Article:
Do You Need to Buy Travel Insurance for Your Family?

23 February 2016
<p>Buy before you fly.</p>

Buy before you fly.

Your passports and airline tickets are all in order, but what about travel insurance? Here’s what you need to know.


Travel insurance policies cover more than just flight delays and lost baggage, says Pan Jing Long, head of general insurance at Aviva Singapore. If you’re holidaying with kids, who can be more susceptible to injuries while on holiday or illness due to changes in the weather, you want to ensure that you’re protected against the high costs of medical emergencies and treatment.

“Beyond medical treatment and hospitalisation,you may also need evacuation back to Singapore in some cases, and that can be quite costly and stressful,” Jing Long adds.

Knowing that you will have assistance from your insurer in such situations can be what diff erentiates a great holiday from a bad one.

But before you hand over your credit card, make sure you consider these factors:



Most travellers buy their travel insurance within three days of departure, or even on the day itself, Jing Long notes.

Ideally, you should get yourself covered early – in fact, as soon as you book your airline tickets and accommodation.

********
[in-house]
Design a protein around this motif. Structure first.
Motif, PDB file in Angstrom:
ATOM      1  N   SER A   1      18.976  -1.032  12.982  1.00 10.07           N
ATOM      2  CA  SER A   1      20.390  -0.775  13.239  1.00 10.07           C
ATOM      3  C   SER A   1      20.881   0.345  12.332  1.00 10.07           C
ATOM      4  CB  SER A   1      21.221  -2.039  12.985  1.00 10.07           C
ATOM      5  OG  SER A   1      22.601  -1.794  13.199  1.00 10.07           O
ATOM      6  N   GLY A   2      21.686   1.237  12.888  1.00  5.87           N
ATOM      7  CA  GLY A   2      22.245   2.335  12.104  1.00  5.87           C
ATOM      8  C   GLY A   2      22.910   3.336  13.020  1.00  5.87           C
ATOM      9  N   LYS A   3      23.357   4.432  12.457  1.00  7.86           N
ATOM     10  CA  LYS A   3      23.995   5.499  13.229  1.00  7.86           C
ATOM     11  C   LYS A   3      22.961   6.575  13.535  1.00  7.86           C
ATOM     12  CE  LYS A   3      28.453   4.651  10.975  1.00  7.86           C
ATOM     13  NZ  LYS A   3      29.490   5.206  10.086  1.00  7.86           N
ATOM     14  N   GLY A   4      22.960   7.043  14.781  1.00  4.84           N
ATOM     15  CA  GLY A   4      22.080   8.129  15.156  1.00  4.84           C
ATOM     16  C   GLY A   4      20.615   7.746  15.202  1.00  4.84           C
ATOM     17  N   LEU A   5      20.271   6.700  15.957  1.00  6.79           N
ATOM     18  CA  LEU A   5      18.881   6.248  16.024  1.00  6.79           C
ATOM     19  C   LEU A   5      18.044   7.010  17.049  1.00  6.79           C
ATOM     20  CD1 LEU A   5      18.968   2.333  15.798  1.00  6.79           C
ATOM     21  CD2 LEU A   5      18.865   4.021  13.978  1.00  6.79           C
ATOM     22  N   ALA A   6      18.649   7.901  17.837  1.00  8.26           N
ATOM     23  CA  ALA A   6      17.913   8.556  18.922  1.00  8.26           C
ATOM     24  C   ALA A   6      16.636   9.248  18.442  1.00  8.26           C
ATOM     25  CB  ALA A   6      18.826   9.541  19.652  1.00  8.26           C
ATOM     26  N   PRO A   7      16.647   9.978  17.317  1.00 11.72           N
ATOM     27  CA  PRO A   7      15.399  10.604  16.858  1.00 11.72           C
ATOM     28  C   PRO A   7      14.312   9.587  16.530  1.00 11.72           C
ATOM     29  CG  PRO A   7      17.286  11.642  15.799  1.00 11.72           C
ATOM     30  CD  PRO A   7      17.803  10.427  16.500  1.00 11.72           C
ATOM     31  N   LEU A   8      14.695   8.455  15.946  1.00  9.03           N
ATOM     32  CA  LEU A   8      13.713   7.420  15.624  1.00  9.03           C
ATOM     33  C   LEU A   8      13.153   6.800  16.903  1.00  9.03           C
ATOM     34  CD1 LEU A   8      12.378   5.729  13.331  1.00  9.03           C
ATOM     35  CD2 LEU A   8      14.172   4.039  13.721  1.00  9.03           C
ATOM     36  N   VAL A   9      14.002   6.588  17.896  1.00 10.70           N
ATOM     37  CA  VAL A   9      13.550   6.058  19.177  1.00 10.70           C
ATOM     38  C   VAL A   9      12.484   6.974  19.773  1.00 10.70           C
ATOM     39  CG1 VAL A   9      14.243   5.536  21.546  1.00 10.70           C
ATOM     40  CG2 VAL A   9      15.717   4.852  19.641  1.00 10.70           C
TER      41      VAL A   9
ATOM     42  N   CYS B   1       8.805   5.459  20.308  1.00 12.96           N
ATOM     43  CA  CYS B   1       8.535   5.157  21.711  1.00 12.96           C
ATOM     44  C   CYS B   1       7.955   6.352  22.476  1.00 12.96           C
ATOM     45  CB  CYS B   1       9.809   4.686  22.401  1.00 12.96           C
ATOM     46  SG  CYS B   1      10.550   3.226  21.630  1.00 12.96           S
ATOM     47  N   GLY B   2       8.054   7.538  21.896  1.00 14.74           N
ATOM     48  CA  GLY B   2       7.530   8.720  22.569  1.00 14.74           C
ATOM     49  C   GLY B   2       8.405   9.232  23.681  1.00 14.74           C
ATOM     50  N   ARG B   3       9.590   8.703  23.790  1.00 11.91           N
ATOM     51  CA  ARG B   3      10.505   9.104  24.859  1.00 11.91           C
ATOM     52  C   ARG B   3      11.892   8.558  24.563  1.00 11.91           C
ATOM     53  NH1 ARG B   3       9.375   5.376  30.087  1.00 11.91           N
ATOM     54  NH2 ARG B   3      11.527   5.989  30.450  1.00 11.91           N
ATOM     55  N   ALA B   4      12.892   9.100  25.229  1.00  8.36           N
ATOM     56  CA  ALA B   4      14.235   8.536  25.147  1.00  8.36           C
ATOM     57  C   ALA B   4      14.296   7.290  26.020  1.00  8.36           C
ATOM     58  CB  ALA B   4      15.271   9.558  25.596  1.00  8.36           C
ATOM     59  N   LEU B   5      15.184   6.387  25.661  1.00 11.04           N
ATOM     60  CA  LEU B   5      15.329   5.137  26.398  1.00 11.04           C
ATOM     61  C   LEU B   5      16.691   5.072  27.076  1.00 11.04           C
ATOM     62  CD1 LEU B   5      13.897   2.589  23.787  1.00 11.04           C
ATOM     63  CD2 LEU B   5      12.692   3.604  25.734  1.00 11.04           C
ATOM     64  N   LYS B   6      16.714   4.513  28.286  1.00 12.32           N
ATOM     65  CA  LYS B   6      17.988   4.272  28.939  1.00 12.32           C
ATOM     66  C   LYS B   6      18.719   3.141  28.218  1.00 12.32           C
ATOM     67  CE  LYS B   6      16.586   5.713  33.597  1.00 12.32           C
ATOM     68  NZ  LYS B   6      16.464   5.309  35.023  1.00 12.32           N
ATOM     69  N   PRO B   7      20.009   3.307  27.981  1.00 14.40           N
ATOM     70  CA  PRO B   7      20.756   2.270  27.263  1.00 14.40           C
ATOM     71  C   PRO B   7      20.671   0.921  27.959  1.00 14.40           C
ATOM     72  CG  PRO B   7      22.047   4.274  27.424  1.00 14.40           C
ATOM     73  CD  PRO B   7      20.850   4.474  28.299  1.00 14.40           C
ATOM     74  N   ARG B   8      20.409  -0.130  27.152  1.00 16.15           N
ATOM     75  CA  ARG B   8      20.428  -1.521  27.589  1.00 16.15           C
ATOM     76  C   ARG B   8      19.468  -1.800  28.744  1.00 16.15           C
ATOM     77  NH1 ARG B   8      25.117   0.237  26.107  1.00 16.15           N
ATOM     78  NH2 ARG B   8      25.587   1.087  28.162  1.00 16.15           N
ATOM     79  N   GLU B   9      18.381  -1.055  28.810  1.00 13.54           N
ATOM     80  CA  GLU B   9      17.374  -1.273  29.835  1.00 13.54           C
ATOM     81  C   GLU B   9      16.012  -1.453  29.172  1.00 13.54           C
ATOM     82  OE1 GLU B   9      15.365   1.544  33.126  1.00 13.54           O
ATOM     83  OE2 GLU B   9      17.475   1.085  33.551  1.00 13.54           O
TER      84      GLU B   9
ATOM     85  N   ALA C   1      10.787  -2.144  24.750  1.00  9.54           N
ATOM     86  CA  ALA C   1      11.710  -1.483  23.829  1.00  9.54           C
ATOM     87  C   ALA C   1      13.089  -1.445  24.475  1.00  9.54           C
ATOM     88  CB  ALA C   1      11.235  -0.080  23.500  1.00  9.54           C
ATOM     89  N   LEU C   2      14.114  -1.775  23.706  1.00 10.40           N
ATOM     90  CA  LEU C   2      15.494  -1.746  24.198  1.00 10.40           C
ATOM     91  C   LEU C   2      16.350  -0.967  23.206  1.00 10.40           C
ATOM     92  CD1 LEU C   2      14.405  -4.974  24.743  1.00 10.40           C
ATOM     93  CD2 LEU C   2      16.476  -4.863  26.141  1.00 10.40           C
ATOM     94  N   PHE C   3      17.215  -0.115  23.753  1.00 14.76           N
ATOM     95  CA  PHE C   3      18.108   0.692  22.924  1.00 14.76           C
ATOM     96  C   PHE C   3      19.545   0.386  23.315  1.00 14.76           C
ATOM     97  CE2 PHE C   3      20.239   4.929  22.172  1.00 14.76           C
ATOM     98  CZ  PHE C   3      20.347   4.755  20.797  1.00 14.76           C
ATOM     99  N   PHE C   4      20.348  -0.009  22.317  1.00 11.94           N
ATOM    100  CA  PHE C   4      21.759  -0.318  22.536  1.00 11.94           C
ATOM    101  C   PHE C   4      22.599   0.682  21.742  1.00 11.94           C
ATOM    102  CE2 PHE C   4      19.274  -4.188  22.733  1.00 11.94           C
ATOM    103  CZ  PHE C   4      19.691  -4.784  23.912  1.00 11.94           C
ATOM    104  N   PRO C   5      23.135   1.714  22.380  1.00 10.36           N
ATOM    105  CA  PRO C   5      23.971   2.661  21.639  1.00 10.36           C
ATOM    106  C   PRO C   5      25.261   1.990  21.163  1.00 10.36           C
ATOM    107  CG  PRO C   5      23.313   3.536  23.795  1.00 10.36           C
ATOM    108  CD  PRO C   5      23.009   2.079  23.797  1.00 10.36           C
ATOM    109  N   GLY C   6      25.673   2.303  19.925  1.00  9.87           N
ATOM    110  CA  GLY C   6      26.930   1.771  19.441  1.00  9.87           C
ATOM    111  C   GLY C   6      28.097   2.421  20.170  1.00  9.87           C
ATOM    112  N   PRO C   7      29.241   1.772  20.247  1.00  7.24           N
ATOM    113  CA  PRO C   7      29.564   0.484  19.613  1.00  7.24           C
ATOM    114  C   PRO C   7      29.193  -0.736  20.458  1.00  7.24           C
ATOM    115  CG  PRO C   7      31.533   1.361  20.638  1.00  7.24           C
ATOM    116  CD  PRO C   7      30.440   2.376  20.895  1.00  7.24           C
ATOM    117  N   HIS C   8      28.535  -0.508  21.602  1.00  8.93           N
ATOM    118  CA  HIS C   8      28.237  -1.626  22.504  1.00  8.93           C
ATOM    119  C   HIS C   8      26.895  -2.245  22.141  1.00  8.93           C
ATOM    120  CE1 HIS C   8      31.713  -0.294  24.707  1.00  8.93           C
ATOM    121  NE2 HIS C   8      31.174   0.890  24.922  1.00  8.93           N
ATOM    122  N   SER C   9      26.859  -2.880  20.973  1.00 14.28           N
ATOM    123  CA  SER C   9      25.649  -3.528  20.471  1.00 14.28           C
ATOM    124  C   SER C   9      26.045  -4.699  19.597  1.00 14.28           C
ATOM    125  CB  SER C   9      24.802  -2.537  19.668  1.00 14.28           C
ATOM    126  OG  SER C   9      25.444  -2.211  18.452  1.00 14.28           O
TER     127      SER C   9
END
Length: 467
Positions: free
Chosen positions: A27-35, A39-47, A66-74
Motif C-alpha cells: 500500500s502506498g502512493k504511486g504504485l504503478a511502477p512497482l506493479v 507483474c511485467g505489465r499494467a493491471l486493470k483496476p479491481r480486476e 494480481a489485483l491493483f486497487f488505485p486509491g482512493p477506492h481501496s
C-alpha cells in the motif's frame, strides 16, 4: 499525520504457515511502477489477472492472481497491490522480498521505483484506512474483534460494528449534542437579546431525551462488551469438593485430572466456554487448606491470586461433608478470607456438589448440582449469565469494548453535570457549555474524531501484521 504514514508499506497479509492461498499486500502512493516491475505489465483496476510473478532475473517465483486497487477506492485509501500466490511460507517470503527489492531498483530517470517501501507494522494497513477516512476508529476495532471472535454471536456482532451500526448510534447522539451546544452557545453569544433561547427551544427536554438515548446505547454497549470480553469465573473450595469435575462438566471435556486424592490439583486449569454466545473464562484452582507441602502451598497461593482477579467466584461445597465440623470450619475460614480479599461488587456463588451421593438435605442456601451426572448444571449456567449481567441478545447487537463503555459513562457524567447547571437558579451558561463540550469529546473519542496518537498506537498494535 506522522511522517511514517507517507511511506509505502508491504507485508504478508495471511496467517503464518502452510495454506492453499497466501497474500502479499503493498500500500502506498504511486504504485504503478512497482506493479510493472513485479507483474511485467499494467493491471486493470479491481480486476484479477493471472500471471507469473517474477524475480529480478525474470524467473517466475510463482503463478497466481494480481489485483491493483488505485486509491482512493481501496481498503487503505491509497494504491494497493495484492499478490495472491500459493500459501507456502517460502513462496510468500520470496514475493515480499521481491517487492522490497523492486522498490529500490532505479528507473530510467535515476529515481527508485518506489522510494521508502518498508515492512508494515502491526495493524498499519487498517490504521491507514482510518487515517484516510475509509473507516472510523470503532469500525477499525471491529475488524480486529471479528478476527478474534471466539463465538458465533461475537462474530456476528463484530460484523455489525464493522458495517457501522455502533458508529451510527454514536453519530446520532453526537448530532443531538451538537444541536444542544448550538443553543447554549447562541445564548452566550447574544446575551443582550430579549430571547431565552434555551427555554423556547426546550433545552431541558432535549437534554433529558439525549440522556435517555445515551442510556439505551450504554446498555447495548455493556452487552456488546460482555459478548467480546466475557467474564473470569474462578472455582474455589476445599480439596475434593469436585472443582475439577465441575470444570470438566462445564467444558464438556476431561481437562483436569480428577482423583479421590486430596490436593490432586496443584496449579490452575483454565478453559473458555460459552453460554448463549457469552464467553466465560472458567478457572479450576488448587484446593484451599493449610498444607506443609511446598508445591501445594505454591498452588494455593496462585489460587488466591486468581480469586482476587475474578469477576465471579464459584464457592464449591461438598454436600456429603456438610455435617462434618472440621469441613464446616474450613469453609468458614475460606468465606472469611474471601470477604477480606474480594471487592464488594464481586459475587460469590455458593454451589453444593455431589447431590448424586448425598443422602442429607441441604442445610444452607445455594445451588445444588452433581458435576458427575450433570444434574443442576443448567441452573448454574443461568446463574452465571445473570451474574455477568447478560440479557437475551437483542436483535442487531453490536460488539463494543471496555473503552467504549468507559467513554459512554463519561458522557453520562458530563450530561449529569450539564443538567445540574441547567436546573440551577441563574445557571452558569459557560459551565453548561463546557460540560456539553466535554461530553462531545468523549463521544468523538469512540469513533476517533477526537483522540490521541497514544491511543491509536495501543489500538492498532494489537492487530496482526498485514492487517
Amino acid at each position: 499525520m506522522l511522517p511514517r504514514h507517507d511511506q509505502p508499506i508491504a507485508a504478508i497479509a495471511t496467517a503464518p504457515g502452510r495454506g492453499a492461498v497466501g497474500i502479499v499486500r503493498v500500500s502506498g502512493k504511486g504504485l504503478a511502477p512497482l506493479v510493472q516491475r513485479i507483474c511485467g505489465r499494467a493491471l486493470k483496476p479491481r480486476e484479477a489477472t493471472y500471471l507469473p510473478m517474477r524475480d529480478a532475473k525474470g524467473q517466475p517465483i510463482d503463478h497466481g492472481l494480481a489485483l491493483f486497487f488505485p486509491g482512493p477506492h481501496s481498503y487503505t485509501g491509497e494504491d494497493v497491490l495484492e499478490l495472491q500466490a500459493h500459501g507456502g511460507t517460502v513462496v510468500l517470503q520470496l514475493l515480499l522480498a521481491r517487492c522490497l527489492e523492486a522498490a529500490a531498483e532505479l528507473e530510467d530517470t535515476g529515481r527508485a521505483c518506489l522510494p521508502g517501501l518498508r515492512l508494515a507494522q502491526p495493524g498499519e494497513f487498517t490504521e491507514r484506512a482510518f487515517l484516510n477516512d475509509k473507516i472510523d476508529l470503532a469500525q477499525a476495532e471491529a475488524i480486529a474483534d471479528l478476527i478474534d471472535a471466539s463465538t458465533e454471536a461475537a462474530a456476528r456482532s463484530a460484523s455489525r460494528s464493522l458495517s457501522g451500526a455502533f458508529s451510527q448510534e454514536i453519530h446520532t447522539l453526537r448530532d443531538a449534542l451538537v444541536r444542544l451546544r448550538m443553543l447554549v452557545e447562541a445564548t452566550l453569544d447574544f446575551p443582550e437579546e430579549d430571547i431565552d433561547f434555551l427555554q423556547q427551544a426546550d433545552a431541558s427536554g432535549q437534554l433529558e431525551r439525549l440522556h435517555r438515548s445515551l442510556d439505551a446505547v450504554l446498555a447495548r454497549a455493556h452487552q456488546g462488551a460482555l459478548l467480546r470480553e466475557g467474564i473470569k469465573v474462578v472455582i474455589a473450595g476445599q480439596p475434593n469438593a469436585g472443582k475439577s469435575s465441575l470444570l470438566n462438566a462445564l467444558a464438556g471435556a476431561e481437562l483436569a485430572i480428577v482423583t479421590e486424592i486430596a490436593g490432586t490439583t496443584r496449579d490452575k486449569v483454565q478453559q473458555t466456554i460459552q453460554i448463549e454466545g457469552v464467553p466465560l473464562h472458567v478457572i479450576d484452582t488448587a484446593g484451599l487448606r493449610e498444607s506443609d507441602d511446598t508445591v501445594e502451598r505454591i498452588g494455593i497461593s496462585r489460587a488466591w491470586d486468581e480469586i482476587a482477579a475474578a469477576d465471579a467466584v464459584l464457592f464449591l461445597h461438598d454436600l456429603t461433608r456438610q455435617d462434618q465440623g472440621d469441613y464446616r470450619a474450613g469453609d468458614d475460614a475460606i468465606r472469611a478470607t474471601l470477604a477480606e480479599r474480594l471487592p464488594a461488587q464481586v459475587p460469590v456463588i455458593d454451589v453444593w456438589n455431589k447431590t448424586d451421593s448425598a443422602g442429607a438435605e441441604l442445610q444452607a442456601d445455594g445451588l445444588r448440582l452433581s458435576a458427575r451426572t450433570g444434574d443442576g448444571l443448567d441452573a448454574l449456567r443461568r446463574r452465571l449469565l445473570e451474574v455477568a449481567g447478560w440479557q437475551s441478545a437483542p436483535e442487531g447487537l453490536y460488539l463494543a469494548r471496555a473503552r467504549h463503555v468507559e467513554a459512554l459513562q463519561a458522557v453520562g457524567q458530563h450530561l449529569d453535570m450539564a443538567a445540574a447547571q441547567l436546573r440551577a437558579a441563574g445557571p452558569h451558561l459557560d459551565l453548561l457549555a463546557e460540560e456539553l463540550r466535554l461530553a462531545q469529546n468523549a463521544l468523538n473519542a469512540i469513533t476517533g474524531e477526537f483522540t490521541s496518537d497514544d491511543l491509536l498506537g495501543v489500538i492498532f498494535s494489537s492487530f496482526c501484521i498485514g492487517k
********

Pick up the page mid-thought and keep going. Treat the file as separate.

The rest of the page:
“Your policy will come in handy if you need to cancel your travel plans and incur any cancellation charges,” he says.

“Your flights and accommodation are likely the most expensive components of your holiday, so it makes sense to ensure that these costs are covered.

Based on our company’s travel insurance claims data, trip cancellation makes up the highest average amount of claims.”


If multiple trips are on the cards over the next 12 months, it may be more cost-eff ective to buy an annual plan, as opposed to buying single-trip ones each time you travel, Jing Long advises.


Not all policies cover high-risk activities such as skiing, surfing, diving or mountain climbing. If your holiday is going to be an active or adventurous one, you should ensure that the insurance policy you buy provides the necessary cover, says Jacquelyn Tan, managing director and head of credit payment products at Citibank Singapore Limited.

There are also travel insurance plans with varying degrees of cover to choose from. Just remember to review the benefits offered and select the plan type that best suits your family’s needs.


That family travel insurance policy you’re eyeing may include cover for your children as well, but the definition of children may differ across insurers, Jing Long points out. For example, there may be exclusions for kids not studying full-time, or those above a certain age.


In a foreign country where you may not know what to do in an emergency or how to get to the nearest police station or hospital, having access to a hotline can be a lifesaver, says Jing Long.

So, ask your insurer if an emergency helpline is available. Better yet, find out if the company has a handy travel app that you can download prior to your trip, which offers emergency FAQs and other functions for help with claims. 


 Sasha Gonzales, Young Parents, March 2015


You May Also Like